A beautiful forest in recovery
HIGHLIGHTS: This 1,084-acre park on the San Francisco Peninsula anchors the southern terminus of the Golden Gate National Recreation Area and lies between Huddart County Park and the historical Filoli mansion. Though it was heavily logged in the 19th century, the property’s thriving second-growth redwoods and oak woodlands support abundant wildlife. Originally part of a Spanish land grant, the estate ultimately was purchased by Herman and Mary Elena Phleger in 1937. Herman served as a Councilor of Save the Redwoods League, and when he died his widow began negotiations with Peninsula Open Space Trust to protect the property forever. POST acquired the property in 1994, and transferred it to the National Park Service.
ACTIVITIES: Phleger’s greatest appeal is its serene woodlands and the pervading sense of a bygone era. The robust second-growth redwood forest and old mill sites provide a fascinating if somewhat bittersweet perspective on the history of the San Francisco Peninsula. Hiking, horseback riding and picnicking are popular, and the estate is a great birding venue.
VISITOR CENTER: None.
CAMPGROUNDS: Not allowed.
TRAILS: The estate has four trails, but access is only through adjacent Huddart Park. They can be combined for different routes varying from 4.5 to 8.5 miles. The Miramontes Trial runs parallel to West Union Creek under a forested canopy, providing a particularly pleasant hike. (This trail may be closed occasionally following heavy rains.)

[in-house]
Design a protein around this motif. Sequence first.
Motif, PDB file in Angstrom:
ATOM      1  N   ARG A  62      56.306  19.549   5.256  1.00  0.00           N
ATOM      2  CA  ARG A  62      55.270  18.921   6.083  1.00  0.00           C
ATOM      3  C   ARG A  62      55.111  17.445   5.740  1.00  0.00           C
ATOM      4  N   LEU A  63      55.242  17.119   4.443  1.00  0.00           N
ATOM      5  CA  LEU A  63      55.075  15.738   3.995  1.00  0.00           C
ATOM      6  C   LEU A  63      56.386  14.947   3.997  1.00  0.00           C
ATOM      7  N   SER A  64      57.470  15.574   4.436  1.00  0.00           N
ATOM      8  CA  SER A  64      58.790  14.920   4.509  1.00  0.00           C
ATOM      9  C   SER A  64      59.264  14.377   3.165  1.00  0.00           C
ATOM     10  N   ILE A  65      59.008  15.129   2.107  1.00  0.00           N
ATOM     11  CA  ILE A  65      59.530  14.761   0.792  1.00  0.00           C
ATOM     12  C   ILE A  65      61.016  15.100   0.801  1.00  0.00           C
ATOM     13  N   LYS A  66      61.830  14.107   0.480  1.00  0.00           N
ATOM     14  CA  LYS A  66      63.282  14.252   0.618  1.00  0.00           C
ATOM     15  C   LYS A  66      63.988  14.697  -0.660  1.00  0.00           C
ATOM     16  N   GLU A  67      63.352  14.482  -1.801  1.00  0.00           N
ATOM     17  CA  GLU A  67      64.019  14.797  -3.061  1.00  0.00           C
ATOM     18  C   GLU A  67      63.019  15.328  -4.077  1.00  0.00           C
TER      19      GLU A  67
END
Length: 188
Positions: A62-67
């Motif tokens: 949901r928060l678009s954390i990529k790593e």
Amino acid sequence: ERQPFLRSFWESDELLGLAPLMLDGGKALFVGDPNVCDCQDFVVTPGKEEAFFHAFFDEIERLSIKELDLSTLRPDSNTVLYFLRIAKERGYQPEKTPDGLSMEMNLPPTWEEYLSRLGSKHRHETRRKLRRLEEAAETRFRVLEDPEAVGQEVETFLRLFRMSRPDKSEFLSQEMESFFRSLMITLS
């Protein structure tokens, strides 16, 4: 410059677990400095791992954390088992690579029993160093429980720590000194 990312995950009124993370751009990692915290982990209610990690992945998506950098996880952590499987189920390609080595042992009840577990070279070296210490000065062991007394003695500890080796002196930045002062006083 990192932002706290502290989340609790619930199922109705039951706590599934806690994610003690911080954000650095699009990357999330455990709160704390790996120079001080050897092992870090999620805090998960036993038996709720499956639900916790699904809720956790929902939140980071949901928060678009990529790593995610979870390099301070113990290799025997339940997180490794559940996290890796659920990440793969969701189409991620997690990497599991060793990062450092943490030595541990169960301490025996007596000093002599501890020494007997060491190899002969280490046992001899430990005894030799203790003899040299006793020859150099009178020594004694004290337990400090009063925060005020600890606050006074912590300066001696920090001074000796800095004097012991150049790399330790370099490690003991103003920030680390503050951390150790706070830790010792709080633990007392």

MUST-SEE UNIQUE FEATURE OR SEASONAL HIGHLIGHT: The estate’s redwood forest is not only tranquil and beautiful, it is instructive. The estate was thoroughly logged more than a hundred years ago, leaving a bare landscape scattered with gargantuan stumps. But the redwoods returned, and are slowly regaining the characteristics that will ultimately develop into a wholly revitalized old-growth ecosystem. Phleger’s trees show that redwood forests truly can be restored with time and proper management.
HIDDEN GEM: The estate has two defunct mill sites dating to the 1800s: Jagger’s Shingle Mill and Whipple’s Lower Mill. Both are located at the base of the Miramontes Trail. Though they are now almost completely returned to the soil, they were thriving enterprises in their time, processing the great trees that were logged on the estate and adjacent properties.
FEATURES ACCESSIBLE TO PEOPLE WITH DISABILITIES: None.
DOGS: Not allowed.
ENTRANCE FEE: Access is through Huddart Park, which charges $6 per vehicle.
MORE INFORMATION: Call 415-561-4323 or visit the estate’s webpage.
PLACES TO EAT AND STAY: Robert’s Market in Woodside offers delicious sandwiches, and is conveniently close to the estate. Also in Woodside is The Mountain House, a rustic restaurant popular with local equestrians that specializes in game, fresh seafood, steaks and pasta.
EAT: For yummy comfort food and hilarious decor, try eating at Buck’s Restaurant (external link).
Megan Ferreira Derhammer, former staff member, says “Don’t miss stopping at San Benito Deli (external link) for a famous sandwich on their delicious fresh baked bread.”
STOP: Megan recommends browsing in the shops along Half Moon Bay’s Main Street.
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Acres Protected by the League: none
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